Agapanthaceae includes a single genus of bulbous herbs from South Afica. Agapanthus was previously included in Alliaceae or liliaceae.


Agapanthus includes approximately 9 species of clump – forming bul- bous herbs from South Afica, Some are evergreen, others decidu- ous in dry seasons. leaves are strap-shaped and grasslike. Agapanthus praecox is commonly grown in the United States. It thrives in Mediterranean – type climates with hot, dry summers, cool evenings, with most moisture in winter. In areas with moist humid summers, it is not as con-sistent or prolific a bloomer, but ex-cellent drainage will help encour -age bloom. It is propagated by division of bulbs. Agapanthus prae – cox is commonly misidentified as A. africanus a smaller species with hemispherical rather than almost sphecical heads of  flowers. Distinguishing the species is somewhat complicated by the fact that A. praecox also comes in dwarf foms. A good field mark is the long – exserted anthers in A. praecox and the included anthers in A. africanus.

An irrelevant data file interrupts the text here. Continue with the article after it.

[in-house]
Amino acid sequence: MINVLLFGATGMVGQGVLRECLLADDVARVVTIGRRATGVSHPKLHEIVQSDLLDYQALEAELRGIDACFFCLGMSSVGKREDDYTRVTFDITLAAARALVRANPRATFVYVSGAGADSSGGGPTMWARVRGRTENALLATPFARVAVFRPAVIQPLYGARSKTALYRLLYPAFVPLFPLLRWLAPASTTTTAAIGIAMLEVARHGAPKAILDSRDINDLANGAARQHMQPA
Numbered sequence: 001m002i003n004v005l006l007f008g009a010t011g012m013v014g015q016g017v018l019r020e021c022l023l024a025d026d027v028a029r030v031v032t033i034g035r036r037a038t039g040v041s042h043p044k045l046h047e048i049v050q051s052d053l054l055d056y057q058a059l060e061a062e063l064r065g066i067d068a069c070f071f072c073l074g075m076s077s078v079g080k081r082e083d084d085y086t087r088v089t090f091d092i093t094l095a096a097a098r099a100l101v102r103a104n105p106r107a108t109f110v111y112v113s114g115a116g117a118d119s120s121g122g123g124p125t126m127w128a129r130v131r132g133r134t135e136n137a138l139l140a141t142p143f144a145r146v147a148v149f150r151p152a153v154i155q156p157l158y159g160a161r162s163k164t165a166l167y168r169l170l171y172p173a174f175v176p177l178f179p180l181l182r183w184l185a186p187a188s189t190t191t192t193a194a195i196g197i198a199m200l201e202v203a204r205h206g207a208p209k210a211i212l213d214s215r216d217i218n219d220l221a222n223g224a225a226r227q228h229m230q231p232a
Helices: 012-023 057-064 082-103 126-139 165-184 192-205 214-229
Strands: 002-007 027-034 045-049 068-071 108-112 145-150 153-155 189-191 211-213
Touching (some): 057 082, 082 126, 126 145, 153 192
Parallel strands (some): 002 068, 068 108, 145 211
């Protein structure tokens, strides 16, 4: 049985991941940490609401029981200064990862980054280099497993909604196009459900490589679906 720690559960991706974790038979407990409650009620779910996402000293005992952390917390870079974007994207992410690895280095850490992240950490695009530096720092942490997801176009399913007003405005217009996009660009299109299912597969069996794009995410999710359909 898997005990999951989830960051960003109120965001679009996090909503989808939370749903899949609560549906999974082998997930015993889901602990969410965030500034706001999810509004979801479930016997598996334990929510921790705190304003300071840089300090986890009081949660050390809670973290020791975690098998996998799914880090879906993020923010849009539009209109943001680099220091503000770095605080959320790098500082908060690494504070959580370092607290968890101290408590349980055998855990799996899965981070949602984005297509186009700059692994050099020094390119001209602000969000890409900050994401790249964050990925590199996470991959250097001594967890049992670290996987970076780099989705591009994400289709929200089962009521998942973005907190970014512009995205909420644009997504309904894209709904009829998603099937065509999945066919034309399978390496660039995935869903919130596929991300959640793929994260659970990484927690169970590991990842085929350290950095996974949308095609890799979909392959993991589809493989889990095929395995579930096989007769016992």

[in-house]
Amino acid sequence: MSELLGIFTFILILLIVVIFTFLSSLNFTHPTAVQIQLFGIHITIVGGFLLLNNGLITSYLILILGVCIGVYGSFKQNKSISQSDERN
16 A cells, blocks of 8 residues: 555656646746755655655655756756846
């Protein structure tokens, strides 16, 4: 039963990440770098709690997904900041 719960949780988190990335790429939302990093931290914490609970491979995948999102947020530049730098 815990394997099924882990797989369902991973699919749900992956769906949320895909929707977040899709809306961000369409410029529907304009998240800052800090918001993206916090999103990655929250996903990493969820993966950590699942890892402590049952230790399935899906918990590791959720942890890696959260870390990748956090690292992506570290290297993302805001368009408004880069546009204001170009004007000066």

Agapanthus praecox

African lily, lyly -of-the -nile, agapanto

South African, perennial bulbous herb, 3-4ft, zones 9-11. Blooms late spring, early summer. Moder- ate moisture, Poor, gritty, well- drained soil, slightly acid pH. Full sun. Flowers: trumpet- shaped, blue-violet, often with darker stripes, anthers exserted, in globu-lar heads of 30 or more, on wiry scapes, 3-4ft, high. leaver: strap-shaped, stiff, 3-4ft, long. A durable and exceptionally attractive bulb plant. Grown in abundance is south-em California. A number of cultivars are available.Albus has white flowers.

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